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Chaffetz Bets on the Wrong Piece of Legislation

The opinions expressed by columnists are their own and do not necessarily represent the views of

Taxpayers are unfortunately accustomed to extensive federal government intervention in education, healthcare and transportation policy – all under the guise that the federal government knows best. Each instance of new regulation results in massive costs and bloated bureaucracy, all of which are then pushed down to taxpayers. The truth is that states should be given more autonomy when making decisions for their citizens. So, it’s right to be skeptical any time the federal government is trying to replace, redefine or reexamine what states are doing to self-govern.


Such is the case with Rep. Jason Chaffetz’s (R-Utah) bill that misinterprets the 1961 Wire Act and pushes for an online gaming ban. Not only was online gaming not envisioned when the 1961 Wire Act was passed, but gaming policy has always been the purview of the state government. This makes Chaffetz’s bill a massive power grab that replaces common sense policy at the state level with federal regulations.

In the 43 states with state lotteries, Chaffetz’s bill would mandate how those lotteries can be run to the point where some lottery sales will be prohibited. That has repercussions for states that fund education (or other) priorities through lottery proceeds.

And, absent those lottery finds, we all know where the states would move next to raise those funds – taxpayers.

For whatever reason, Rep. Chaffetz is myopic in his attempt to ban online gambling. During a conference call with state lottery officials about the bill, Chaffetz “brazenly” suggested that state officials try to pass their own federal bill “when his bill passes.”

And by “his bill,” he might easily instead have said, “casino magnate Sheldon Adelson’s bill.” That’s because Chaffetz allowed Adelson’s lobbyist to literally write the legislation – which the bill was first introduced in 2014. And when it was suggested that the bill ought to have an exemption for state lotteries, the lobbyists said Adelson was “unlikely to accept exemptions for state lotteries and tribes in a bill to prohibit Internet gambling.”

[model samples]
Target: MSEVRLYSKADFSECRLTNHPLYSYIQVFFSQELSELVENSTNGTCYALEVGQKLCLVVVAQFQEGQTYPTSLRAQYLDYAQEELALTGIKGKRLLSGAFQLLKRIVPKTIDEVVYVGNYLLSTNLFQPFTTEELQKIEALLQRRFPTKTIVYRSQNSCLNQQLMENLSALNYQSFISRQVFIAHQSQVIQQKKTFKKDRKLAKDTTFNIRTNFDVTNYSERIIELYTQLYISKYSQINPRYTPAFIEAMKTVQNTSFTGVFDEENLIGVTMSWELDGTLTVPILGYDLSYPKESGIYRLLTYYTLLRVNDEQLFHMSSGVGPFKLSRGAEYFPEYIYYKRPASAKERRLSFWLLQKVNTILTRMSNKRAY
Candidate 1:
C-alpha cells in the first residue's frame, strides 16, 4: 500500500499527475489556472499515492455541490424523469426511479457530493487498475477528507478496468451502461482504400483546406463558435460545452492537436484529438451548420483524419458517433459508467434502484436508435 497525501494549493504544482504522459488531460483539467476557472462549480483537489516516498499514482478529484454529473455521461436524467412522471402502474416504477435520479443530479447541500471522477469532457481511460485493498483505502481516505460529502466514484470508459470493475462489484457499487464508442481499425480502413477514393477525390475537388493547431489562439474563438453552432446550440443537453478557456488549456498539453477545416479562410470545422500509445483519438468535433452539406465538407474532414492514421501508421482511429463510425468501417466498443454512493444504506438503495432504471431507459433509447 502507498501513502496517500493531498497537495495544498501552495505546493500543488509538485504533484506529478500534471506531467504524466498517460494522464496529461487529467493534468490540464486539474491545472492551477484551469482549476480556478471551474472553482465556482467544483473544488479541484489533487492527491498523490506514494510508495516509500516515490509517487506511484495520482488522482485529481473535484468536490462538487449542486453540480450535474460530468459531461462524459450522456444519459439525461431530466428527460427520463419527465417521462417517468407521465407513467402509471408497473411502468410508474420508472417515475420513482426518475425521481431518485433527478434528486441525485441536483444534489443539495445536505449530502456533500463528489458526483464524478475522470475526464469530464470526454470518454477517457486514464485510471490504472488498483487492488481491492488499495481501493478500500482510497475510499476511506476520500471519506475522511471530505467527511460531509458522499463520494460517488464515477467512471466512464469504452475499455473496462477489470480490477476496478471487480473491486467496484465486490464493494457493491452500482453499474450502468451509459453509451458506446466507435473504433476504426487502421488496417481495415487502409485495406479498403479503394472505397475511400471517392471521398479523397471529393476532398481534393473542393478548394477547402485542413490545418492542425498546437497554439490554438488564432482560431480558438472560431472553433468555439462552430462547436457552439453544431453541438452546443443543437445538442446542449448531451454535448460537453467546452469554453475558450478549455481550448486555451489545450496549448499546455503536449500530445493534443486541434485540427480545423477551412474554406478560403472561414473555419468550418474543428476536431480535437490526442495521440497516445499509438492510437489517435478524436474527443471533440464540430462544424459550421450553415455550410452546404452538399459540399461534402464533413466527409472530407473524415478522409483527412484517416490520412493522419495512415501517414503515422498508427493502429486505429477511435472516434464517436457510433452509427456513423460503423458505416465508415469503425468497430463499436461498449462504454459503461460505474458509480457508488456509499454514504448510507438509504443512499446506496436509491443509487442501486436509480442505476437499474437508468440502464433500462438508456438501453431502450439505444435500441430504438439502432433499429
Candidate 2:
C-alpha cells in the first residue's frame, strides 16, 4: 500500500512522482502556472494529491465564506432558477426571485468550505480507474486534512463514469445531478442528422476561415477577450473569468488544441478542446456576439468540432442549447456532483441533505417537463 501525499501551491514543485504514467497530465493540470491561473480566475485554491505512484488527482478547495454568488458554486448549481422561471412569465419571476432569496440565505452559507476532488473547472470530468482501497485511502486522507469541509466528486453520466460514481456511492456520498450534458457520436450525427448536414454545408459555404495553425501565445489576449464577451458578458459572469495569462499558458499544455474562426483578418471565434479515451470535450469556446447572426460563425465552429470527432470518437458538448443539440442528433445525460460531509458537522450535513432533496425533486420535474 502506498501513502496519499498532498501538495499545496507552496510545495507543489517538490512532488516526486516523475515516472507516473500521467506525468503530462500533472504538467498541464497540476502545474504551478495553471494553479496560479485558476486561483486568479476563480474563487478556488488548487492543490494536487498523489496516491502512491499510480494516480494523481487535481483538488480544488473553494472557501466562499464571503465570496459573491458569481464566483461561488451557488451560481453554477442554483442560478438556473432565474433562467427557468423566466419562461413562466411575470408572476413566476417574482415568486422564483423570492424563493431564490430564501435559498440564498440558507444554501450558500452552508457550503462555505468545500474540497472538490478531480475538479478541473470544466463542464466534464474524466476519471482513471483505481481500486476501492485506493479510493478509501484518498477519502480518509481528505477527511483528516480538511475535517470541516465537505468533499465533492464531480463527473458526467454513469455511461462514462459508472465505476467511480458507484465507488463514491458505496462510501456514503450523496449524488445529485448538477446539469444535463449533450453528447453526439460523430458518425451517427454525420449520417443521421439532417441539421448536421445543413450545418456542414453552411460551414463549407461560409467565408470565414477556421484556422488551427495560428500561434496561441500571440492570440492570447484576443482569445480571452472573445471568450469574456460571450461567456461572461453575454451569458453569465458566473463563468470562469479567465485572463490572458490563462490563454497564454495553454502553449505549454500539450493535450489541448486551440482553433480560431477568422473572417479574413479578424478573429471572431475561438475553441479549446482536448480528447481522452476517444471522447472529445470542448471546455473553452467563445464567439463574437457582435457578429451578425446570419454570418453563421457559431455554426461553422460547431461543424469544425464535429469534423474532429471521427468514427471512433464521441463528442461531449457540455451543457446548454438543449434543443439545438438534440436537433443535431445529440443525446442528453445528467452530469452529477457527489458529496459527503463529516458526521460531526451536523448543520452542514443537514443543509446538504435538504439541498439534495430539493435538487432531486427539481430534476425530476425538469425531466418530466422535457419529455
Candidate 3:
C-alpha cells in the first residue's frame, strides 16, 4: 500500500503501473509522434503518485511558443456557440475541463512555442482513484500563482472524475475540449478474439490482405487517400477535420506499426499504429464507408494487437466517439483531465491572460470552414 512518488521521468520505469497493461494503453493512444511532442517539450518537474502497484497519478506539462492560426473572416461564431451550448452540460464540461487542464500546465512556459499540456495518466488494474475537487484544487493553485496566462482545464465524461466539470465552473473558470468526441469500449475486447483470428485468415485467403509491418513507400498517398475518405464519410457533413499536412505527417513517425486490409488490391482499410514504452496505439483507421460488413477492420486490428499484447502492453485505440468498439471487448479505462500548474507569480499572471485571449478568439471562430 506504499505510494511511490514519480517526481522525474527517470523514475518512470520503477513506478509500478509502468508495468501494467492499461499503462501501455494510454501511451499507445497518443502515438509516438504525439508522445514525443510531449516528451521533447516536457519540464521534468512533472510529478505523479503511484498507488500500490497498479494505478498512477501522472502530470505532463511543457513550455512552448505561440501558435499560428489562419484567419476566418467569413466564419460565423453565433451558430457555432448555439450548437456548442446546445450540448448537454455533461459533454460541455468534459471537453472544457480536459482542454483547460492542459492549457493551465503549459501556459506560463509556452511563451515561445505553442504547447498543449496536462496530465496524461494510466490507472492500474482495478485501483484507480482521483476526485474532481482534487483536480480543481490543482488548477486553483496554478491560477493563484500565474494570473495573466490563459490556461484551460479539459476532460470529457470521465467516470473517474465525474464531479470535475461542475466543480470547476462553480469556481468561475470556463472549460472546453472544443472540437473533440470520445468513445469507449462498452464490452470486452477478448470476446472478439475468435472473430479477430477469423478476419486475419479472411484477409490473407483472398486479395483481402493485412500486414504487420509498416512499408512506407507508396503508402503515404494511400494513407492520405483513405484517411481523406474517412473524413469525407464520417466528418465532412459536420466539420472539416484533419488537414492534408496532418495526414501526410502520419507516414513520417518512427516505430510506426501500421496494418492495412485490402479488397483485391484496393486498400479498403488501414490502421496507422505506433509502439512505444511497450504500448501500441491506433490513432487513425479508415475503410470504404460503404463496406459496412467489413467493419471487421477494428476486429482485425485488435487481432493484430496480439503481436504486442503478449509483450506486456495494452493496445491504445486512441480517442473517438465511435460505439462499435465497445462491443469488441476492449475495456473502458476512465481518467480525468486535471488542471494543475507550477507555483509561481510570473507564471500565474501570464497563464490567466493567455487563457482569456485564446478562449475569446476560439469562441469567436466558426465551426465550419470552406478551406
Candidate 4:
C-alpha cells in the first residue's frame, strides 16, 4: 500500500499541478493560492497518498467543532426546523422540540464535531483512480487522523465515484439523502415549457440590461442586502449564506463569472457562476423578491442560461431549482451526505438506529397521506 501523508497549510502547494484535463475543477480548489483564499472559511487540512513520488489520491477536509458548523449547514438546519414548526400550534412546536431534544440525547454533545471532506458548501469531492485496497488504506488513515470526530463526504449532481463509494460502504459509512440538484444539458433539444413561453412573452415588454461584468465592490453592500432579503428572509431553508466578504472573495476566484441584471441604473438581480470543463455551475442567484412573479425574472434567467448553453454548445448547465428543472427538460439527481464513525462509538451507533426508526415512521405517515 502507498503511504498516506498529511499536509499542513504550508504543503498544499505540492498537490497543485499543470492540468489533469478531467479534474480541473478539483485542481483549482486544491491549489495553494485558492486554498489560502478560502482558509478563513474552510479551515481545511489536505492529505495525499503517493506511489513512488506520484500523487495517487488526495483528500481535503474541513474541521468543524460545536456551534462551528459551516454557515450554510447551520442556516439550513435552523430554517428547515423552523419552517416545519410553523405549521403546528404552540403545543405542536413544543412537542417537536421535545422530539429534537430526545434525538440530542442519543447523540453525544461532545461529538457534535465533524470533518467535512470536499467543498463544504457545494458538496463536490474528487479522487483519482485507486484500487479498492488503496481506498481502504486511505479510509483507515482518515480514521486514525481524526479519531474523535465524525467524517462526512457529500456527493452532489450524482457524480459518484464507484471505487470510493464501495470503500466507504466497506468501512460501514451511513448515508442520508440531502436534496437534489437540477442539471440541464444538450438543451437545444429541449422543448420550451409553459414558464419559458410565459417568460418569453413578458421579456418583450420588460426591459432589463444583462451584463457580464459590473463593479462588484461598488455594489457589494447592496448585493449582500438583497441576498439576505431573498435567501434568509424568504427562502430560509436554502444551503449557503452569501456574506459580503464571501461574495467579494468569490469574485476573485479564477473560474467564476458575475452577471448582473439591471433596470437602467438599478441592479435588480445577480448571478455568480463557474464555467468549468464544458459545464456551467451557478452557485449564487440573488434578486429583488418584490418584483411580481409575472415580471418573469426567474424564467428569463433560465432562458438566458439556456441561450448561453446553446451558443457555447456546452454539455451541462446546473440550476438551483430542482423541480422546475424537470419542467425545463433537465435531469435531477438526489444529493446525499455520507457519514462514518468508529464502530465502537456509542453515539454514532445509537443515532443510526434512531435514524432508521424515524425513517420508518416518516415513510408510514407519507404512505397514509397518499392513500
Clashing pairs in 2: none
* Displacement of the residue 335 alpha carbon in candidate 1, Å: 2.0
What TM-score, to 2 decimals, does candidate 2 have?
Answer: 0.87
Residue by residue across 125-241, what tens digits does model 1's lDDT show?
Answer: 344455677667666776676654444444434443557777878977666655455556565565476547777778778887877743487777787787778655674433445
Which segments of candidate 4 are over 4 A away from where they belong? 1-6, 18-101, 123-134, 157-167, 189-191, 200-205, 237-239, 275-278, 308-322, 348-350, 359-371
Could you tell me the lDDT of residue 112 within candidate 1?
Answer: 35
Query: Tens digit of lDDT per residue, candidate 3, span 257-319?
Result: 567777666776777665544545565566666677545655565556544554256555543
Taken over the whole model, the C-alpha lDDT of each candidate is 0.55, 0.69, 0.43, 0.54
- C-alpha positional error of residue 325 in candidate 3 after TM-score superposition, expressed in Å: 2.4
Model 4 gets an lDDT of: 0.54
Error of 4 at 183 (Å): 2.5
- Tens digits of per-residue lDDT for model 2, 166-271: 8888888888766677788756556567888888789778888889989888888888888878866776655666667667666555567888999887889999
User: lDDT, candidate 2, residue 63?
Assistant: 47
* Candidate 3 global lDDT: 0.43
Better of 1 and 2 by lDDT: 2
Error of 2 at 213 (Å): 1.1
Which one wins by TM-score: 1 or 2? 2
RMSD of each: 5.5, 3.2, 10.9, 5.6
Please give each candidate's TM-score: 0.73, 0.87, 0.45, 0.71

We were unaware Mr. Adelson had been elected to anything.

Supporters say that they are protecting the elderly and underage from the perils of online gambling.

Adelson himself argues that gambling is so addictive that it cannot be permitted online, but we shouldn’t worry about the brick-and-mortar casinos – the fact that you have to drive there is enough of a barrier.

And Mr. Adelson is concerned that online gambling will have little to no protections for underage participants. Yet if he wants to stop underage gambling, Adelson should look closer to home. Since May 2009, his Sands casino in Bethlehem, Penn. has been fined more than $220,000 for more than 20 instances of underage gambling. In one of the most recent cases, the casino admitted to two separate instances where two 17-year-olds were able to access the casino floor, gamble and drink.

Second, the bill itself carves out exceptions for certain types of gambling that are, apparently, less detrimental than the rest. Specifically, Chaffetz exempts online fantasy sports betting, online horse betting (to navigate past Kentucky Sen. Mitch McConnell, no doubt), and even closed-circuit gambling that is offered at Las Vegas casinos, including Adelson’s Venetian.


The Chaffetz bill is a classic corporate welfare that will benefit only one person and is an inappropriate and unnecessary use of federal powers that would weaken states’ rights.

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